“We don’t want technology to dictate the curriculum but to open up opportunities for learning,” Ardis says. “The executive MBA program is on the leading edge of where the school is going with the use of technology.”

Getting the Word Out

Michigan’s inaugural class of 62 students graduated in May, and two others of 60 participants and 59 participants are walking in their footsteps now. While the Michigan Business faculty is busy preparing these executives to rise even higher in the leadership ranks, the school’s administration and marketing staff are working hard to get the word out about their new program. “Our challenge is to make sure that people know we offer an EMBA,” Ardis says.

Magnifying this challenge is the fact that Michigan’s program has not been around long enough to be included in the BusinessWeek and Financial Times biannual surveys of EMBA programs.

“People think because we are not in the rankings we are not in the top tier,” Ardis says. “But the schools we are stealing [participants] from and that are stealing [participants] from us make us confident that we are competing with the top EMBA programs.”

Like other schools, Michigan is also being affected by the decline in the number of companies willing to fork out hundreds of thousands of dollars to pay for their executives’ MBA educations.

“A greater percentage of people are being expected to pay for a greater portion of the degree than ever before,” Ardis says, “and more people are being self-sponsored.”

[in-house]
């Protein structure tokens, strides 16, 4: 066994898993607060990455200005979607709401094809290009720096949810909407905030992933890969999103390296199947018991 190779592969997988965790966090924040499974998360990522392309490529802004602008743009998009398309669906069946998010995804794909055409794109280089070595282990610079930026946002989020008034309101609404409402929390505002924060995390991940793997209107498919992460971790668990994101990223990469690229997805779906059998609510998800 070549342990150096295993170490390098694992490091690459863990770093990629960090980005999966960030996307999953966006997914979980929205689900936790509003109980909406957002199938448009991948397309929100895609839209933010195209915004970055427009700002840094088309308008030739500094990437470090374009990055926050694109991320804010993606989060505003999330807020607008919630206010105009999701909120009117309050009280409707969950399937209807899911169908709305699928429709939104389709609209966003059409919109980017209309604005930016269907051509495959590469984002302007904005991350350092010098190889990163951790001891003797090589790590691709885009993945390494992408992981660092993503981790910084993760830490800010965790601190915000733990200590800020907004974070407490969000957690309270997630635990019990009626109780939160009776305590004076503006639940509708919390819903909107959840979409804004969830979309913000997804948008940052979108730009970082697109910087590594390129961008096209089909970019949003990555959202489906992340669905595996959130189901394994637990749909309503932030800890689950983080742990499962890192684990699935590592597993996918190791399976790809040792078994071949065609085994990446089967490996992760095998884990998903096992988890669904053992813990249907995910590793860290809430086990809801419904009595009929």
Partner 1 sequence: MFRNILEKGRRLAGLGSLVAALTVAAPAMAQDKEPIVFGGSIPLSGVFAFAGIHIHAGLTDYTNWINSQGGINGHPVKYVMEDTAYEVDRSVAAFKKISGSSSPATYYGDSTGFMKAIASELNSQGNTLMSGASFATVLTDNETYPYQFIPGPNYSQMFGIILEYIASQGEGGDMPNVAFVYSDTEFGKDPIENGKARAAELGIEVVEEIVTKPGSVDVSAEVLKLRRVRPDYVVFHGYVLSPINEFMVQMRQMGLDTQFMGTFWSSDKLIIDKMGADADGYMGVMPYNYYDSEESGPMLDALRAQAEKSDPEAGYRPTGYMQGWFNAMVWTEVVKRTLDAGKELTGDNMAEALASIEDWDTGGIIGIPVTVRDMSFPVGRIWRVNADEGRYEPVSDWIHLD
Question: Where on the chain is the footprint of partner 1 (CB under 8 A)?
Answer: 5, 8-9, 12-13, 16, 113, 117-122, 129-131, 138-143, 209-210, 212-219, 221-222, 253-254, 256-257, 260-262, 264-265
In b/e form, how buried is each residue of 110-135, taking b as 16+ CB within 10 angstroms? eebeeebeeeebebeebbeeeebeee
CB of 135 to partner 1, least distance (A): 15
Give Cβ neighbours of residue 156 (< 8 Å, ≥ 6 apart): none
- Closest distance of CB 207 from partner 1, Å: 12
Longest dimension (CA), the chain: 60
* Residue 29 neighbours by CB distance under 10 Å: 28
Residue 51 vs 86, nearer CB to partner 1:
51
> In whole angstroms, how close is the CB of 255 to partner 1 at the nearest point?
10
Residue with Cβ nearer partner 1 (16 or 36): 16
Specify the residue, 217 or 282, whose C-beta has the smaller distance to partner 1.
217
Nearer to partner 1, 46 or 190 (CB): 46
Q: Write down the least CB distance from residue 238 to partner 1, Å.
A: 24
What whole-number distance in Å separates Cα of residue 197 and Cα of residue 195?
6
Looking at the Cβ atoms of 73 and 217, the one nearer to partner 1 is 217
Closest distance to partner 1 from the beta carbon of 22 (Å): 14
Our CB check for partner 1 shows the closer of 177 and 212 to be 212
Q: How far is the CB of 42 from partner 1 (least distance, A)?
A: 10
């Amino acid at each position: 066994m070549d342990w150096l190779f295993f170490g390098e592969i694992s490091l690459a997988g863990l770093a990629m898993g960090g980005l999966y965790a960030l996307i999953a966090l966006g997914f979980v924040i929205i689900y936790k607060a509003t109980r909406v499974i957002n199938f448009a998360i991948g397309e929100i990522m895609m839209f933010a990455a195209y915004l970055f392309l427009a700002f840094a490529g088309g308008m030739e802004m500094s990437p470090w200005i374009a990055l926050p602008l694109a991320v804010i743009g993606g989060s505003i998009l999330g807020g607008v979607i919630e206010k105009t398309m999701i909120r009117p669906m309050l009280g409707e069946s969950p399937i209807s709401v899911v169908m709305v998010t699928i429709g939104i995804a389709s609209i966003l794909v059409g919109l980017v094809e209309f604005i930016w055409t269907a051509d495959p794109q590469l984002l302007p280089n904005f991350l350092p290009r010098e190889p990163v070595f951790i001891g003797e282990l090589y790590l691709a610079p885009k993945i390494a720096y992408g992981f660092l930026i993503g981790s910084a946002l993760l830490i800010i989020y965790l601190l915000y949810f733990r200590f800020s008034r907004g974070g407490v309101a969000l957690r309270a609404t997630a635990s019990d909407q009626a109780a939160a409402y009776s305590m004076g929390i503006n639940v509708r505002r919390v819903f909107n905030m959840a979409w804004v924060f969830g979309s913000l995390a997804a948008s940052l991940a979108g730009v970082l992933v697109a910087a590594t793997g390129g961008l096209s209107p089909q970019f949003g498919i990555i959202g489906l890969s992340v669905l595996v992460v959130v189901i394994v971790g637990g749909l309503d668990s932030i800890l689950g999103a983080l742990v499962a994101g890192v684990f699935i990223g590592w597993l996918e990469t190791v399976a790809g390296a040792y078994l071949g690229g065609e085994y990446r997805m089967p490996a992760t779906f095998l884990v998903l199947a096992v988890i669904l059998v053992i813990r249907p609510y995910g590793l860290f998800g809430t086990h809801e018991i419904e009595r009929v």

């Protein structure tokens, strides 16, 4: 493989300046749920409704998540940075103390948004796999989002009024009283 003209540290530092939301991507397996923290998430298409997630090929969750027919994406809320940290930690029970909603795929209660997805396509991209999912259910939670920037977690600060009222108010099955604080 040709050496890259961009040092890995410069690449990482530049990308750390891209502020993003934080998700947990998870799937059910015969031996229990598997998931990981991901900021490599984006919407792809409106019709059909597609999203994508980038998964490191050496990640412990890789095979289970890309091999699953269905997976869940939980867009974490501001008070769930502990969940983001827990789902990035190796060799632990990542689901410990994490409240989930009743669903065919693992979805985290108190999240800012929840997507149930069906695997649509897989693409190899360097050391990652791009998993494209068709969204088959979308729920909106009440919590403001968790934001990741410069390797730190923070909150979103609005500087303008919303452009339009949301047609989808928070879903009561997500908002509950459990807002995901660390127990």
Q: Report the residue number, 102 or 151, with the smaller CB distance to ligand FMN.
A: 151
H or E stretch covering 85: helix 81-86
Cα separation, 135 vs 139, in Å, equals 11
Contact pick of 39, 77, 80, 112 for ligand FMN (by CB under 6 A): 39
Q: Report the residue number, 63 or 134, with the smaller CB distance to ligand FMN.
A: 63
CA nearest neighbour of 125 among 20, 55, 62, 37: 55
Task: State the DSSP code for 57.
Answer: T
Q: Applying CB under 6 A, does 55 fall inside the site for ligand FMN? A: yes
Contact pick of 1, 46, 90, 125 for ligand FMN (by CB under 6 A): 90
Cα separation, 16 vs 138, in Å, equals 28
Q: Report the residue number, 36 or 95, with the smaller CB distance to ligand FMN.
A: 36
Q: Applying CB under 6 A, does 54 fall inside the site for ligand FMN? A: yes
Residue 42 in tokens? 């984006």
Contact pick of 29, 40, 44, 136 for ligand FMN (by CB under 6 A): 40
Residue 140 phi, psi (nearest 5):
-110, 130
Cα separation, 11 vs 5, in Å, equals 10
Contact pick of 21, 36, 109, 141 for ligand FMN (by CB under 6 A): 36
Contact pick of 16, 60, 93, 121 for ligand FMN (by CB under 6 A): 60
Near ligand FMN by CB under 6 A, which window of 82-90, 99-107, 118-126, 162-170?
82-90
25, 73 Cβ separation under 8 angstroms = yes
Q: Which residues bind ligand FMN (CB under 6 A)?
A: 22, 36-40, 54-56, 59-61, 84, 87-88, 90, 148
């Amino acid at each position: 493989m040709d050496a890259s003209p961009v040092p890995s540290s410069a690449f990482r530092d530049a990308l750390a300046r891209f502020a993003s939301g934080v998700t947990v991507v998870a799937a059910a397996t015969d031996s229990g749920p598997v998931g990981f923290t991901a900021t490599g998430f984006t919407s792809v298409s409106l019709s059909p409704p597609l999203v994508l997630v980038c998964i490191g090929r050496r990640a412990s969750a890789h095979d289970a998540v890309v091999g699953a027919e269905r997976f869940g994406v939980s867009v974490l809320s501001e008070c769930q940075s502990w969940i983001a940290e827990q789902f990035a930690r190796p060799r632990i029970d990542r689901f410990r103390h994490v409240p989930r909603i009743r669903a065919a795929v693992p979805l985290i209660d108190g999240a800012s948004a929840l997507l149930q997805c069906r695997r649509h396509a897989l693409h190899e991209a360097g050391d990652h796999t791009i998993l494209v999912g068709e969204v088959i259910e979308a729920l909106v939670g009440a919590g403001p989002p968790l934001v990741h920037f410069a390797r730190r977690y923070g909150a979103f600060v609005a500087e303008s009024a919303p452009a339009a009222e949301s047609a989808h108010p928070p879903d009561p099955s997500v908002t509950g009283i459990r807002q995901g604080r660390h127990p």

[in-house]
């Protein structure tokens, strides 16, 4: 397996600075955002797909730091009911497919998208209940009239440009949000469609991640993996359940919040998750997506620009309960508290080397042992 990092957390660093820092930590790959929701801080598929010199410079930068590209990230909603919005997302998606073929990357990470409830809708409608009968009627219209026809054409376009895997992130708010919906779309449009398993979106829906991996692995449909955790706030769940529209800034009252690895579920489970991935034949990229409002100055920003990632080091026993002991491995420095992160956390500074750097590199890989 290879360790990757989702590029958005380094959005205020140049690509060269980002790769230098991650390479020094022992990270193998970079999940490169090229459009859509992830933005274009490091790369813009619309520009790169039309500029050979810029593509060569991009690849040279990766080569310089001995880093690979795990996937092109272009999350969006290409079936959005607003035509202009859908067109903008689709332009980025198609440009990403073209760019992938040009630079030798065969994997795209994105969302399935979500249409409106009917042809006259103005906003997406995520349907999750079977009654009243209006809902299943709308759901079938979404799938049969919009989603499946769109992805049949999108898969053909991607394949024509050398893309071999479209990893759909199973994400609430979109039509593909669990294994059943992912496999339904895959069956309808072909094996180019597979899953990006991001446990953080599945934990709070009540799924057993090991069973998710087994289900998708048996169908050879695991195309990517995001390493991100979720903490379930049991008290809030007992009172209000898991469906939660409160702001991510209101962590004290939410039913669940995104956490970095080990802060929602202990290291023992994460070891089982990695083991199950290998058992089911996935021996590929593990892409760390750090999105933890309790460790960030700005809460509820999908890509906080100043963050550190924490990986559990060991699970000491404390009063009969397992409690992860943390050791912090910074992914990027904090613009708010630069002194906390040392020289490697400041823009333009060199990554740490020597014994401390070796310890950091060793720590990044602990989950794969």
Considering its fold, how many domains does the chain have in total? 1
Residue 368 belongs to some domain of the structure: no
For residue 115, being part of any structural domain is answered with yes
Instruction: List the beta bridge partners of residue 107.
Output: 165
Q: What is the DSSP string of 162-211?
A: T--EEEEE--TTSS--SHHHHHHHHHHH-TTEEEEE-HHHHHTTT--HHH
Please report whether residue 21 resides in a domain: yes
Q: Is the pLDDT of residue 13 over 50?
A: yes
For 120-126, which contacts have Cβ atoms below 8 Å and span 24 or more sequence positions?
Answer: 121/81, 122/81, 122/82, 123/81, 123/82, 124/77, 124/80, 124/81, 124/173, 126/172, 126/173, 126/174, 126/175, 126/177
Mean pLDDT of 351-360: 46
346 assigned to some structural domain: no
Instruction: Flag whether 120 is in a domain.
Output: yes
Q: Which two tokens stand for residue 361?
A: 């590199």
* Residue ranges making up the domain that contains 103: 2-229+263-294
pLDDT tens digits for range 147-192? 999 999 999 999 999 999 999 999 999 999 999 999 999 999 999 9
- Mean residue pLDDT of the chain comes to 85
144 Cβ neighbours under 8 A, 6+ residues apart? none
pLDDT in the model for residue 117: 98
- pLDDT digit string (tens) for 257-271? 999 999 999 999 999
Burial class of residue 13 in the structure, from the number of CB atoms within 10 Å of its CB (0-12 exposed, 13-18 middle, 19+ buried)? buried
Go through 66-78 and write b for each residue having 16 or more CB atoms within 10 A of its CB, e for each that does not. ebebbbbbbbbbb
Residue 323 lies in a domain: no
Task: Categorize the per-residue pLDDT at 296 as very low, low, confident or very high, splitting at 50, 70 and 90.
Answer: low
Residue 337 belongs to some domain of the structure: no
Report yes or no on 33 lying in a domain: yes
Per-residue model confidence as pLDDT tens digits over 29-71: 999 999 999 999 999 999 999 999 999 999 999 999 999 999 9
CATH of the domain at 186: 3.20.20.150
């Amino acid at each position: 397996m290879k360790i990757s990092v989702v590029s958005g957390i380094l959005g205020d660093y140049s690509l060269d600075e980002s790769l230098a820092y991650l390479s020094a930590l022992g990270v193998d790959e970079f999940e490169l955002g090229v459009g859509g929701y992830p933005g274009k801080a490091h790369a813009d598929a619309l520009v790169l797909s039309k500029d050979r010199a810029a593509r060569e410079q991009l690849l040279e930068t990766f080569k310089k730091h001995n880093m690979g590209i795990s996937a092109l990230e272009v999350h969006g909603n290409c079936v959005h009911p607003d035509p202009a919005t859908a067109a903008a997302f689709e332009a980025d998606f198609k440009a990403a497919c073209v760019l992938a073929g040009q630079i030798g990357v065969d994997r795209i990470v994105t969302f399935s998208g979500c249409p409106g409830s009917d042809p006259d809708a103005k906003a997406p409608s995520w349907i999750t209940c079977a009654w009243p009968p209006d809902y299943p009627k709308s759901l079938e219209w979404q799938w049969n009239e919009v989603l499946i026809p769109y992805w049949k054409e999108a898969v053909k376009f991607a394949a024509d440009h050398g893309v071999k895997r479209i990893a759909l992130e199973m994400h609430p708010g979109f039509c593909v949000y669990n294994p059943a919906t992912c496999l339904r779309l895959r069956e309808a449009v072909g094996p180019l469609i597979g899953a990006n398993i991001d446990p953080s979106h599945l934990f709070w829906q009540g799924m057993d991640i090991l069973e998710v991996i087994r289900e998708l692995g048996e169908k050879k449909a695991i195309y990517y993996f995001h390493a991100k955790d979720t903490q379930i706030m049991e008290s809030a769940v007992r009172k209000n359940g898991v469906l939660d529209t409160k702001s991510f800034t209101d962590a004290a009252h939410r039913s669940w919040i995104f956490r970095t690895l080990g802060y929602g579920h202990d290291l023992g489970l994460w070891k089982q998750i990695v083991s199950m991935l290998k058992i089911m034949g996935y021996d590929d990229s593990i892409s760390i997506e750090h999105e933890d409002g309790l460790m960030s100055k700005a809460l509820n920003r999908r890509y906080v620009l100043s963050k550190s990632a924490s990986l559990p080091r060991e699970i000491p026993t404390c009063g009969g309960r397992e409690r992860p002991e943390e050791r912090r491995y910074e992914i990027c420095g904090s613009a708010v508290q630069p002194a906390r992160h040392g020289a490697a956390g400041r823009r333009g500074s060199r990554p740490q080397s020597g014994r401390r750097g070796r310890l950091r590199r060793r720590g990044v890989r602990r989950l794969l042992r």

More than 15% of the executives currently enrolled in Michigan’s EMBA program are footing the bill themselves, Ardis says. That’s a hefty investment, given that tuition and fees for the program currently run U.S. $100,000 for Michigan residents and U.S. $105,000 for out-of-state students.

The lackluster global economy and corporate travel restrictions left over from the September 11 terrorist attacks have affected the makeup of Michigan’s EMBA classes, as well.

Although the school’s inaugural class (which started the program just a few weeks before September 11) included students commuting from Europe and South America, the program’s current international students are foreign executives working in the United States. Furthermore, whereas participants hail from a wide variety of industries and, in many cases, hold vice president–level positions, only about 30% live outside Michigan.

“Long term, our goal is to have a majority of students coming from outside the state,” Ardis says. “That is happening a little slower than we anticipated.”

Although the road has been a bit rocky, both Ardis and Ashford say the school is proud of what the EMBA program has accomplished thus far. “We have worked hard to create a life-altering program,” Ardis says.

For her part, Plummer says attending Michigan’s EMBA program certainly transformed her life. “Business school helped me land my dream job,” she says. “I have used what I learned every minute in this new position.”

Carlotta Mast

GMAC